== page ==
Commentary by Sea Shepherd Founder, Captain Paul Watson
Last night, five bottlenose whales (hyperoodon ampullatus) were stranded on the beach at Hvalba on the Faroese island of Suduroy. They were discovered this morning. Within minutes, bloodthirsty Faroese whalers were scrambling over the bodies like agitated maggots, to either kill them or cut them up.
We have determined through our documentation and inquiries that the whales were alive when discovered.
The whales could have been pulled back into the water and released; instead they were mercilessly killed and then towed to a nearby harbor to complete their butchery.
The evidence is clear that the whales were indeed alive when found, not only from observation but because the spinal cord on the whales was severed prior to them being towed to the harbor. If dead, there would have been no need for this particular cut, which the whalers brag about as being their “humane” way of killing a whale.
With our vessels we would have been in a position to rescue the whales by towing them back out to sea. The killers and the police prevented us from doing so.
Faroese regulations only allow the killing of bottlenose whales that have beached themselves and CANNOT be driven out to sea again.
We will be consulting with an attorney and with the police to investigate if charges can be brought against the killers for violation of the regulations pertaining to the beaching of bottlenose whales. The bet is they will have a veterinarian who will sign off that the whales could not be saved.
Long-term statistics indicate that the most frequent beachings are in the villages of Hvalba and Sandvík on Suðuroy.
The whales were discovered at 0530 hours (5:30am).
The beach is isolated and difficult to monitor and the weather and seas were nasty, but despite the conditions Sea Shepherd offshore volunteers were able to get the fast boat Loki to the harbor within 30 minutes, in time to film the whales being butchered. The killers were strutting about – all smiles along with the cops – the entire lot feeling proud and self-righteous that they had just destroyed five beautiful creatures without a modicum or remorse or regret.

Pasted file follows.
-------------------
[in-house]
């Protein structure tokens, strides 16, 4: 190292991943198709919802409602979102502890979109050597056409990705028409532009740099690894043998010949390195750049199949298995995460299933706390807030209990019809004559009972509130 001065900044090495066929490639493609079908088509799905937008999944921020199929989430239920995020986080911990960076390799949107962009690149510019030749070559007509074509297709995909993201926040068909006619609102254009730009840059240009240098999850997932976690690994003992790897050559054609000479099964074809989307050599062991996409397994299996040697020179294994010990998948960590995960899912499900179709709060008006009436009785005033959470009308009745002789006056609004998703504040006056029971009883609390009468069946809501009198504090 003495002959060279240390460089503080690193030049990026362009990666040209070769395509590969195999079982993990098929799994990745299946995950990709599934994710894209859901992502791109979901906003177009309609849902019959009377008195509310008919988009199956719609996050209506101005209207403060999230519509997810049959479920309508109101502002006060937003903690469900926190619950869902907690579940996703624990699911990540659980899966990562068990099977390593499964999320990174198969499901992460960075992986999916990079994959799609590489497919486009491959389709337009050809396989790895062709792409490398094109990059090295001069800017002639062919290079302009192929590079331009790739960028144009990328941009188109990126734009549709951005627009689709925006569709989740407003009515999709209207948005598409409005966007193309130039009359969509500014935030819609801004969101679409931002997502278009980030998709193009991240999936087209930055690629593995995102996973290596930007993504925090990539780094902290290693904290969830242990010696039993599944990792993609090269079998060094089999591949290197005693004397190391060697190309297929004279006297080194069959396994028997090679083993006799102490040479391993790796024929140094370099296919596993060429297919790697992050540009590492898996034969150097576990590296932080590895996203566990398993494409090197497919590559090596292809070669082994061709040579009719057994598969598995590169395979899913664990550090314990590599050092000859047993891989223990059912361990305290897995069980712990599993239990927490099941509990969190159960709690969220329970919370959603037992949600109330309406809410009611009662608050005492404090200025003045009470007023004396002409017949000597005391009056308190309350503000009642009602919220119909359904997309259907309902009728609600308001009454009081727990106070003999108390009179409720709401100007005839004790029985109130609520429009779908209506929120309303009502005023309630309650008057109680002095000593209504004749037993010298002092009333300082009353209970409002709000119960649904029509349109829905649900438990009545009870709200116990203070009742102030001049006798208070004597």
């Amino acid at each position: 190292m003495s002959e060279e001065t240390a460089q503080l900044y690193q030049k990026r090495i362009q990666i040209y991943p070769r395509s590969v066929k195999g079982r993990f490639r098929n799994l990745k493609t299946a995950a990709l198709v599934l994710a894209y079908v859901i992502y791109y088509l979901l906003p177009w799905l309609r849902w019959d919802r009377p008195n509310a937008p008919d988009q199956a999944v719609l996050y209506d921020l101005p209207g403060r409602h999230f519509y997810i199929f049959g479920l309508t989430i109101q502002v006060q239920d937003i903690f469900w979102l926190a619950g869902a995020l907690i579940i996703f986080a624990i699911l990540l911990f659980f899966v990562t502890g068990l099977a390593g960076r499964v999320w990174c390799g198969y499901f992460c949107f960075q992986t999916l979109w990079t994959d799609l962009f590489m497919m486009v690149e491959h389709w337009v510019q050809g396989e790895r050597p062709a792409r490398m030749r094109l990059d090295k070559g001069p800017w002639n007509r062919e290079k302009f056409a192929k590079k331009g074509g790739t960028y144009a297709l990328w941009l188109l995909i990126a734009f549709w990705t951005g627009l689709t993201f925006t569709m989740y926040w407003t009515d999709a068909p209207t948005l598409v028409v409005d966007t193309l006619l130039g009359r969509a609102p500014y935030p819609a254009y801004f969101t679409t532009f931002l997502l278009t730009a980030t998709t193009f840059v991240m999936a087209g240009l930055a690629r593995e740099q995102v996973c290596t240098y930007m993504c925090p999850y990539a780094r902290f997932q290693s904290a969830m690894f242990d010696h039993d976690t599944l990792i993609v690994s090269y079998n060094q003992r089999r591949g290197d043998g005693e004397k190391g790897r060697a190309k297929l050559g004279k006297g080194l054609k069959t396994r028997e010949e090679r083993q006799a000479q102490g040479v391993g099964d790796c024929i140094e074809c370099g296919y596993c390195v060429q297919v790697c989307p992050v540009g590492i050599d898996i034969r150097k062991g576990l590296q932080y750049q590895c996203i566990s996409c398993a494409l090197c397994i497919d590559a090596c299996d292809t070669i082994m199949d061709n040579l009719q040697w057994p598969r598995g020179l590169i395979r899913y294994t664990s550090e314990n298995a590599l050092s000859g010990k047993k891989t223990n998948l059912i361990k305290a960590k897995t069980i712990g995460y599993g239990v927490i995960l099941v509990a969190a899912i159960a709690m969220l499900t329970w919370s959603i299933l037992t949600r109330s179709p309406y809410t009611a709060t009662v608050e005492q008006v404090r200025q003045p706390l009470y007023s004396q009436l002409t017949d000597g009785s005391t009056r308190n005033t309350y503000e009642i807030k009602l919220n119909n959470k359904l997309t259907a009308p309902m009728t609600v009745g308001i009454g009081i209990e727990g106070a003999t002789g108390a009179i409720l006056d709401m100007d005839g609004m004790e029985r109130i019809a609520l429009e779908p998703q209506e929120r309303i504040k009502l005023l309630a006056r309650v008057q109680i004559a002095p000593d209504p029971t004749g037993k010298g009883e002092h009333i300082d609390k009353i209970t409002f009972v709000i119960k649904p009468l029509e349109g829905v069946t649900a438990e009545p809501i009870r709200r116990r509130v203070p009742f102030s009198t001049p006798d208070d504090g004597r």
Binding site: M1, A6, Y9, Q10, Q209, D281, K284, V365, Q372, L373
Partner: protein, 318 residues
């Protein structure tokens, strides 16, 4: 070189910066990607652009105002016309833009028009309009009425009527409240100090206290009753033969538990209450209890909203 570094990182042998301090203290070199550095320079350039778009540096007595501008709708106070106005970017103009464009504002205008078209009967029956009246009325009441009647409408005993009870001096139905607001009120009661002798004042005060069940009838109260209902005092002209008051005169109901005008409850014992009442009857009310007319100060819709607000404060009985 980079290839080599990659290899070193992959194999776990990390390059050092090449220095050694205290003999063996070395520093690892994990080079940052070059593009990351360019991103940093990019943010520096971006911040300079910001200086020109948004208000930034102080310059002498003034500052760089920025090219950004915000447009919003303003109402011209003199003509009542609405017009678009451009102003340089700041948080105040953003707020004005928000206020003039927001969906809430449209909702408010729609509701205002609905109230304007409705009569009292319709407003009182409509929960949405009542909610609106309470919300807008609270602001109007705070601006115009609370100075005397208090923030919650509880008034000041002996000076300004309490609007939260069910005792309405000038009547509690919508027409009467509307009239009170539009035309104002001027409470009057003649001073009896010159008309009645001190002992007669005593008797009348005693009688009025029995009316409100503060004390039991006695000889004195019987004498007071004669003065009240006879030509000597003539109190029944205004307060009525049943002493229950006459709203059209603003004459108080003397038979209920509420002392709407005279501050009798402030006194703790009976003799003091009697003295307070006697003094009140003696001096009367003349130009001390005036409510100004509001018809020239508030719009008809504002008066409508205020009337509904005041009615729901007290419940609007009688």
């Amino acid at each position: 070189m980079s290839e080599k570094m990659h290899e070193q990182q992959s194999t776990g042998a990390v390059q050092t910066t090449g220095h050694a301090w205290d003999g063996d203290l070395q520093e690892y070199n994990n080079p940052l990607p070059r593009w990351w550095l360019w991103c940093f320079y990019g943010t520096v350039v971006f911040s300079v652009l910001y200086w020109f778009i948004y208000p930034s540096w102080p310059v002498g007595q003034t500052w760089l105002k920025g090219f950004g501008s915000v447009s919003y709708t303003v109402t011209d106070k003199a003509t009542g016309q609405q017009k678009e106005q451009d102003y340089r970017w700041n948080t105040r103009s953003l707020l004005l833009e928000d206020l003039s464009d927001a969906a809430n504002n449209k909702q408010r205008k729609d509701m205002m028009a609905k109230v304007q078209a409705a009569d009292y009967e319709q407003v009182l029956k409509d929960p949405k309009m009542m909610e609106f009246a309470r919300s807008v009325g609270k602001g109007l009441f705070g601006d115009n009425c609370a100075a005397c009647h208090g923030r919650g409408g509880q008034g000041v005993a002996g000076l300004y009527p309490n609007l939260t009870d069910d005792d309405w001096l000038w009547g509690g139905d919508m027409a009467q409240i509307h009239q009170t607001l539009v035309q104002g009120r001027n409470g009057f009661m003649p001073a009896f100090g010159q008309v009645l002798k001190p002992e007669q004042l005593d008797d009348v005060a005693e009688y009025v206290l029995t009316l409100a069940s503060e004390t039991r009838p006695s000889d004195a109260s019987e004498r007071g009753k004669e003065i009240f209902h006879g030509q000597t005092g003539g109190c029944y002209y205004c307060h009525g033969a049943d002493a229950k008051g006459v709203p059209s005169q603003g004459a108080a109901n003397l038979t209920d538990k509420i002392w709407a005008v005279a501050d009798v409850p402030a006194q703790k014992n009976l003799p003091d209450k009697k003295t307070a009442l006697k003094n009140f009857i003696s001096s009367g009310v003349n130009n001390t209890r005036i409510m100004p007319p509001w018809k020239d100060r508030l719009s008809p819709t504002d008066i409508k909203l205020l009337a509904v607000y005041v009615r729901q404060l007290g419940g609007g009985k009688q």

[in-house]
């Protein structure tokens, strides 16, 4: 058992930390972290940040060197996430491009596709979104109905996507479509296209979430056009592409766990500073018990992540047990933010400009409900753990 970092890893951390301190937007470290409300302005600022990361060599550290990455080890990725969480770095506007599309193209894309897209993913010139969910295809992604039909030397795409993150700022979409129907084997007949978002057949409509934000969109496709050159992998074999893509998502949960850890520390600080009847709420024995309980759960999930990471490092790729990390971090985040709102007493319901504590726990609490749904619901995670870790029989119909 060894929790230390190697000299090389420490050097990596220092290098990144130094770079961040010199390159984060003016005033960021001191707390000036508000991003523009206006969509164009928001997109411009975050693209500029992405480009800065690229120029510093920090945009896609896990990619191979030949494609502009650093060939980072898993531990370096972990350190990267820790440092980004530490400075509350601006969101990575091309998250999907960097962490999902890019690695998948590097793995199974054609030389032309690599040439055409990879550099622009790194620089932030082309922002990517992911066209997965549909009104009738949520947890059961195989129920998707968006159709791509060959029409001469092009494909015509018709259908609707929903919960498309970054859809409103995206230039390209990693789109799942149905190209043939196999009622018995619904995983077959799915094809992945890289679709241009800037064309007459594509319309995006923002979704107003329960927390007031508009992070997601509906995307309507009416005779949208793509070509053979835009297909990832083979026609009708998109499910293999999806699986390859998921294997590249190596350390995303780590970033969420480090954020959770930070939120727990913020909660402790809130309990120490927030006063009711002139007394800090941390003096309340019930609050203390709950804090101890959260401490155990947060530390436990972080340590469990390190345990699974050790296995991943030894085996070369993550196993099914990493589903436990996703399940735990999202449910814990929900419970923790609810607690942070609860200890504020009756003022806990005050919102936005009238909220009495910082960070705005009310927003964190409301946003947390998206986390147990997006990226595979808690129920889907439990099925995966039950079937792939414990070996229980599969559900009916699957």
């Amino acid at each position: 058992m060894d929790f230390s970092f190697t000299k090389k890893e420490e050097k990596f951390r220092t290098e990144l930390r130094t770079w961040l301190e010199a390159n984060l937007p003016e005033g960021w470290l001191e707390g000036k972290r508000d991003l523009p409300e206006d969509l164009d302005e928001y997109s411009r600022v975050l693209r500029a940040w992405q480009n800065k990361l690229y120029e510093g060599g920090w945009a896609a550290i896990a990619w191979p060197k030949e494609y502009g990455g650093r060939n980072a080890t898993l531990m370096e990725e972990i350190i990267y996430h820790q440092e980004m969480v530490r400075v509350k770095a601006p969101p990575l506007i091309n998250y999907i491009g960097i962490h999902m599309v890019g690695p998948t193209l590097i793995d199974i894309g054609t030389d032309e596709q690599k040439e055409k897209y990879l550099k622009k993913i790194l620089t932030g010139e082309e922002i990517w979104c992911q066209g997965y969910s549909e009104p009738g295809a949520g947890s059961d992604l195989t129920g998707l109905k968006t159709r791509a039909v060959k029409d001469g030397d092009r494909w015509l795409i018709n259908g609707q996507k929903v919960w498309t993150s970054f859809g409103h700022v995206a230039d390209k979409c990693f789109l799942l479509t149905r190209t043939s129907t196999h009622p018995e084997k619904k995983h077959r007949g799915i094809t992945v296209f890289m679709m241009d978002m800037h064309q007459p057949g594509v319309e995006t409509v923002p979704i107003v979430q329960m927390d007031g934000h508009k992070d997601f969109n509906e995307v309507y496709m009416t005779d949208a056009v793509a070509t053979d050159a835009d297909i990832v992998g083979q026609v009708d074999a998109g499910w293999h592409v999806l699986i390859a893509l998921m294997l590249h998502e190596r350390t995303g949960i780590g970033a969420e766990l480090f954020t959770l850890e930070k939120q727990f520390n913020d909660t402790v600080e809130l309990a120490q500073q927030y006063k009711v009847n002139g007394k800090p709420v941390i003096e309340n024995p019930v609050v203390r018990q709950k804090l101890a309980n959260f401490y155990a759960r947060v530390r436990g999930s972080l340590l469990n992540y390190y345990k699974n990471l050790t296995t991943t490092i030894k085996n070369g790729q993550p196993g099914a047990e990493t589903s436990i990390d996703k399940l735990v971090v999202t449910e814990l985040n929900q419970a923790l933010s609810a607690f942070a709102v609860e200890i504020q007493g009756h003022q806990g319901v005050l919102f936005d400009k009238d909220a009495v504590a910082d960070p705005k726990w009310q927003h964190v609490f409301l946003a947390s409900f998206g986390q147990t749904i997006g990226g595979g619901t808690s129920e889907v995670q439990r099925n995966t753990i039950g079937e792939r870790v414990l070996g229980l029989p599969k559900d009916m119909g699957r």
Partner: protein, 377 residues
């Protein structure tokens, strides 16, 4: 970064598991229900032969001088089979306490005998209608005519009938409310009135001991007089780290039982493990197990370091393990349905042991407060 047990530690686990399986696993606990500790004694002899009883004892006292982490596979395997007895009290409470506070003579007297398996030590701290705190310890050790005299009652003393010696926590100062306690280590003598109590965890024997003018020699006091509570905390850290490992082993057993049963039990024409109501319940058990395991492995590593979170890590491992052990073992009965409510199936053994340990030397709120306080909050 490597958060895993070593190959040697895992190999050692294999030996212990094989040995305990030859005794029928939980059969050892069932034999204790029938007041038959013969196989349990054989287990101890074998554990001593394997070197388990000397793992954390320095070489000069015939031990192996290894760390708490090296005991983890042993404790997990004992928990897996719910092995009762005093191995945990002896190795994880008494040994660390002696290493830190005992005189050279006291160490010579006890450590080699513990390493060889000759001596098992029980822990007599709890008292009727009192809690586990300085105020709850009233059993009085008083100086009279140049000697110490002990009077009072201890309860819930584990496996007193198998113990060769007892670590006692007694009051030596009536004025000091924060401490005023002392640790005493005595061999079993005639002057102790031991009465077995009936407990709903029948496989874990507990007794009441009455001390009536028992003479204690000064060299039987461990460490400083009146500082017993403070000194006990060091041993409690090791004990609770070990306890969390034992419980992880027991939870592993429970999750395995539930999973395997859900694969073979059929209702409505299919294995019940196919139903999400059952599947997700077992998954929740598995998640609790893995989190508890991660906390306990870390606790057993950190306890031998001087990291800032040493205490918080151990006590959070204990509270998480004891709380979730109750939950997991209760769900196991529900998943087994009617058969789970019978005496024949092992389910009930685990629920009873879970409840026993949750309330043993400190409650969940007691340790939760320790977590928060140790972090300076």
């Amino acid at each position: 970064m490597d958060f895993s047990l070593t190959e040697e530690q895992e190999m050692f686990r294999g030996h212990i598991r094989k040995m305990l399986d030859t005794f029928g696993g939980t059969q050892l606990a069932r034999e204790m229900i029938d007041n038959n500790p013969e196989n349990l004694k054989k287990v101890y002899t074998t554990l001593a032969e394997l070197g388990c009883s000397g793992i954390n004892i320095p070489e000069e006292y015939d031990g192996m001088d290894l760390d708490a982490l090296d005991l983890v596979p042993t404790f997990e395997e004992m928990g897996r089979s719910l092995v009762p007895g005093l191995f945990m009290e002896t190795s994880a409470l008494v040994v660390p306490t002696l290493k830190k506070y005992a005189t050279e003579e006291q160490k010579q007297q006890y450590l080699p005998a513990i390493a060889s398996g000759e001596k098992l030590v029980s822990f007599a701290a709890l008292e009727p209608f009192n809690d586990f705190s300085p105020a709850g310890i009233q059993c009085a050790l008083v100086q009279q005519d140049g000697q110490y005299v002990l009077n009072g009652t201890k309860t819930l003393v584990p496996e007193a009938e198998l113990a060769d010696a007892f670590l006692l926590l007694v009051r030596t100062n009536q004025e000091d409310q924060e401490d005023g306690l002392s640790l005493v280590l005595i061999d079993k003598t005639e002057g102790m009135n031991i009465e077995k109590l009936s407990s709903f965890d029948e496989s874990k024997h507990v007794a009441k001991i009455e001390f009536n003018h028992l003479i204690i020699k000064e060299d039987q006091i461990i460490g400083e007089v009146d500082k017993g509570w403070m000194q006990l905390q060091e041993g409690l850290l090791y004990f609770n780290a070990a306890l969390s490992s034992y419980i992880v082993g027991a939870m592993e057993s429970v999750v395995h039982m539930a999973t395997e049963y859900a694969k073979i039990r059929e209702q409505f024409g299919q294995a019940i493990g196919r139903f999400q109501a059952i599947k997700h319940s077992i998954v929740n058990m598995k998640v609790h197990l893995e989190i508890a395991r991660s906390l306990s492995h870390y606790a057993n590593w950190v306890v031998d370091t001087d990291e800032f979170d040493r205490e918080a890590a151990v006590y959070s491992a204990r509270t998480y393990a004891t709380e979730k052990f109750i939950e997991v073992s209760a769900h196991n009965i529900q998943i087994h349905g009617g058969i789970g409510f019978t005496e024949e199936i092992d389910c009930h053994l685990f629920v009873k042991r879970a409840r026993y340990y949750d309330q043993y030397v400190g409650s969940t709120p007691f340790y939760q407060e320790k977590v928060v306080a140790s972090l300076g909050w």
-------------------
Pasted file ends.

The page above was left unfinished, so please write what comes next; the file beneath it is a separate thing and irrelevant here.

The population of Northern bottlenose whales is thought to not number more than 10,000.
The Northern bottlenose whale is listed on Appendix II  of the Convention on the Conservation of Migratory Species of Wild Animals (CMS) . It is listed on Appendix II  as it has an unfavorable conservation status or would benefit significantly from international cooperation organized by tailored agreements.
In addition, the Northern bottlenose whale is covered by the Agreement on the Conservation of Small Cetaceans of the Baltic, North East Atlantic, Irish and North Seas (ASCOBANS) , and the Memorandum of Understanding Concerning the Conservation of the Manatee and Small Cetaceans of Western Africa and Macaronesia (Western African Aquatic Mammals MoU).
All great conservation news for the Northern Bottlenose dolphin, except if they are unlucky enough to be stranded on a beach within killing distance of the knife-wielding psychopaths of Suduroy.